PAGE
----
Is gender of MC important?

Look forward to that thread.

I have a lot of sympathy for what Kevin Gold wrote on a related topic:

and I suspect we’ll end up disagreeing on the idea that a single set of standards applies to all “good fiction.” But I reckon it’ll be an interesting disagreement. :slight_smile:

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Interestingly enough my legal ethics/philosophy prof back in college believed a 10 on anything embodied a theoretical ideal of perfection, thus he only ever gave out a 9.9 and even that was a rare occurrence.
Consequently highest I ever scored in his classes was an 8.5.
Of course I did and do agree with him on the subject of grade inflation, but that is a whole other topic.

@Havenstone I’m going to formulate my thoughts carefully. It’s not so much about attacking or defending an art form as understanding what it is and can do. And what it isn’t or can’t do. Thanks for the encouragement. I look forward to healthy dialogue.

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Can I just say that I very much appreciate that there are ‘Official’ and ‘Hosted’ games and that each has their own merits?

So to answer the title, I do think that the gender of the mc is important and I think that importance can be, and is, in different ways.

The Official games label have spelled it out clearly that these games are for everyone, but more specifically - for people who have been underrepresented time and time again. And so the importance of gender here is that there are games where you can…actually play as a girl.

To expand, I play both male and female protagonists in games where there is an option but I no longer play games where only being a man is an option. As a gamer you will start to notice a very obvious pattern - the default hero is almost always a guy. Even in generic shooters with no dialogue, the little graphic avatar and hero of the game, with no influence on the situation, is most often a dude. And up until a recent point, if there was a rare female protagonist, she was often very sexualized and usually there for a certain group’s gaze (I am a big fan of empowerment, but I don’t think scantile clothing options for the sole female character amongst heavily armored soldiers and a focus on traditionally sexualized parts of her body were supposed to be a statement of women’s freedom of choice, unfortunately). I do fully support developers vision and artistic choice, and have no qualms with them choosing a male lead for their games, and luckily there have been more and more games as of late with female leads who are simply characters who happen to be female, but it does become a problem when that is the only vision available and basically - that’s exactly what is has been.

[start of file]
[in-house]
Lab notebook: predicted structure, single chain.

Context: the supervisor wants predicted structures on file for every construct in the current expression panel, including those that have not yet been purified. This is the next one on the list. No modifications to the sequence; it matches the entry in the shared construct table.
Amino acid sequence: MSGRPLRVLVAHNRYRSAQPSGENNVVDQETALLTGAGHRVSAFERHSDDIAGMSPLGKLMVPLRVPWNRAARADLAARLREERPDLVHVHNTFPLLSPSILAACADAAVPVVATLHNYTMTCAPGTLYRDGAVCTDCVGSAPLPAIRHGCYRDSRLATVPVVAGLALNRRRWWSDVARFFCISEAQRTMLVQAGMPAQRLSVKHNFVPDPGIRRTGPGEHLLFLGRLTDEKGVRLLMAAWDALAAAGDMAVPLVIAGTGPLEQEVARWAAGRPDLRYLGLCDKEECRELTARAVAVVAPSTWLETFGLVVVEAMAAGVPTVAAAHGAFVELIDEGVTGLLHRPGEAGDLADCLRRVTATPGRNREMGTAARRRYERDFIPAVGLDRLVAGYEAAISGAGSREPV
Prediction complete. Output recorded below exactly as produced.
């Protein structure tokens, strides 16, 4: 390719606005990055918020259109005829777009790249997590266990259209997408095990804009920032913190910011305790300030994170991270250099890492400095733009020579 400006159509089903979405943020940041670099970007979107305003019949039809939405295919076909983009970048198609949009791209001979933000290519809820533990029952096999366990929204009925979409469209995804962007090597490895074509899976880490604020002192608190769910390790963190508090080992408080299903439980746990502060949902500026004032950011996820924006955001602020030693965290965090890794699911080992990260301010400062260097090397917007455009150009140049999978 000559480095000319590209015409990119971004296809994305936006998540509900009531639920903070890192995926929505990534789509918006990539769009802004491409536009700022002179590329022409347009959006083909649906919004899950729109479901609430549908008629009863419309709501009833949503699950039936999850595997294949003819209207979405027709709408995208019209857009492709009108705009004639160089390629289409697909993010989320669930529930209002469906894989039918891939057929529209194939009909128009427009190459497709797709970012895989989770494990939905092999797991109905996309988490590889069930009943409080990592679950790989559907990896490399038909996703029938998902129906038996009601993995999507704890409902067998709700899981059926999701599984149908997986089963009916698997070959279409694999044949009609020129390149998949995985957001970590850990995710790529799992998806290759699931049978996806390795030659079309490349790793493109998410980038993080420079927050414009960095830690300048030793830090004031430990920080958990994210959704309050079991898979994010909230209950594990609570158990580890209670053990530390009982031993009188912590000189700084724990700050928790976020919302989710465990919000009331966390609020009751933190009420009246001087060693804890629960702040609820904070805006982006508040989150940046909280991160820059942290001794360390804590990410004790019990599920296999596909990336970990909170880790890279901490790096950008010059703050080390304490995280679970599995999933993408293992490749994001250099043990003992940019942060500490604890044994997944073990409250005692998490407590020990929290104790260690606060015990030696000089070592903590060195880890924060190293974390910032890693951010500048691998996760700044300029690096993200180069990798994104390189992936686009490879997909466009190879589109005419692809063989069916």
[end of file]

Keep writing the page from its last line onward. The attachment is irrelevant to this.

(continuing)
So the Official games allow people who want to play female characters to do so and to do so without heavy discrimination for simply being born that gender. There is great merit in that, and kind of a godsend in the industry.

On the other hand, I fully support games that want to embrace the imbalances and either lock the protagonist to a set gender or to have your choice have some influence on the game.

Humans tend to have a track record of being oppressive and generally horrid throughout history. (For you gender, race, religion, sexual orientation, horrifically abusing and exploiting other living beings simply because they ‘aren’t us’ even though they are the exact same in every single criteria that actually matters like being alive and sentiment with a conscious experience and feeling physical/emotional pain and having a want to live and…okay vegan tangent rant off)

I don’t want to say it trivializes it by ignoring it, because having an escape from it all is again very important and sometimes that’s just want you want - escapism, but I do think there can be value in, and there’s nothing inherently wrong with, acknowledging the injustices to these groups of people in games that do want to tackle that instead of erasing it completely. Like a Victorian set game could ignore the fact that women were meant to be ‘Angels of the House’ and could be sent off to mental institutions for something as trivial as anxiety, and could do an alternate history where none of that ever happened or happened to men instead… But, I personally love playing games where not only is that acknowledged, but in which you get to fight against that. Or in which one of the minor or major antagonistic forces is a society that is against you. Or if you were to play a male in such a setting, you get to see the advantages you do have compared to others and then you get given the opportunity to meet these amazing and strong female characters that do face oppression and that have made it just as far as you.